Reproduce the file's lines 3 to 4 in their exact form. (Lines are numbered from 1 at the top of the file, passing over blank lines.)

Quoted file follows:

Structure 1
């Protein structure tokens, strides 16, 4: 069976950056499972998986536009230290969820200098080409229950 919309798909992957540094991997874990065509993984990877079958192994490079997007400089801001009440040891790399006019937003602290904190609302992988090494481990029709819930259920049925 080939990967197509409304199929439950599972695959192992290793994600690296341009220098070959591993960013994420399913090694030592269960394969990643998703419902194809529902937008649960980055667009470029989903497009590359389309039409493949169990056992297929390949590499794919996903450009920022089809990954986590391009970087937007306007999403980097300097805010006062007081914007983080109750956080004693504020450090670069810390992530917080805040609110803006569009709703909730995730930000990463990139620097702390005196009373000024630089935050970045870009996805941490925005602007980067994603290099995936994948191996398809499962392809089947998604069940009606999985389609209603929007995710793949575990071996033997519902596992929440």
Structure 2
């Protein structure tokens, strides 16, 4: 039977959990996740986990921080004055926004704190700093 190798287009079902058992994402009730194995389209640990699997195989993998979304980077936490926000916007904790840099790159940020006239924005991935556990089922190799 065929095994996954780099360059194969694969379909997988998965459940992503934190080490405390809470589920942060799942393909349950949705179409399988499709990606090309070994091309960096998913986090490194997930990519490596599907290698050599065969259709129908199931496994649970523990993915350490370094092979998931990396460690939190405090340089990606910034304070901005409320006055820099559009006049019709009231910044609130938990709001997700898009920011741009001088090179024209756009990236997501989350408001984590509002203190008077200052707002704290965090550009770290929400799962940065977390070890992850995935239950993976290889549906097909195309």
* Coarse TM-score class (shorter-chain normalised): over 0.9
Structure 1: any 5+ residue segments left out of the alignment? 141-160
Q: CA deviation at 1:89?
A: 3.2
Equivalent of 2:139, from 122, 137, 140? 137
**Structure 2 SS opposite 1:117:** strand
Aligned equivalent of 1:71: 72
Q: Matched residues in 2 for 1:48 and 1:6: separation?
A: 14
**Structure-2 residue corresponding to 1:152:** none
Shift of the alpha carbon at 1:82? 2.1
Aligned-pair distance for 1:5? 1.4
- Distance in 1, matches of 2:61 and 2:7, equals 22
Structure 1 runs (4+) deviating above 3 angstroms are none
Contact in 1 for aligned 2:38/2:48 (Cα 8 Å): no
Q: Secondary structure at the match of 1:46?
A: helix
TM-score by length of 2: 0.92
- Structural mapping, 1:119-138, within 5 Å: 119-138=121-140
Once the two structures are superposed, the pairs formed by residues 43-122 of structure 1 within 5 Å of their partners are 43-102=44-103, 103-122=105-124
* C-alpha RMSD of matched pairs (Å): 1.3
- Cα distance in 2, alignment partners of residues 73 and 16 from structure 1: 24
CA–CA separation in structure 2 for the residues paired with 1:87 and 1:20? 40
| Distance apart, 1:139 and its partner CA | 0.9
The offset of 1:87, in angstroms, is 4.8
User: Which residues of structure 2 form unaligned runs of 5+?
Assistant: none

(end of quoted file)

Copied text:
Structure 2
């Protein structure tokens, strides 16, 4: 039977959990996740986990921080004055926004704190700093 190798287009079902058992994402009730194995389209640990699997195989993998979304980077936490926000916007904790840099790159940020006239924005991935556990089922190799 065929095994996954780099360059194969694969379909997988998965459940992503934190080490405390809470589920942060799942393909349950949705179409399988499709990606090309070994091309960096998913986090490194997930990519490596599907290698050599065969259709129908199931496994649970523990993915350490370094092979998931990396460690939190405090340089990606910034304070901005409320006055820099559009006049019709009231910044609130938990709001997700898009920011741009001088090179024209756009990236997501989350408001984590509002203190008077200052707002704290965090550009770290929400799962940065977390070890992850995935239950993976290889549906097909195309």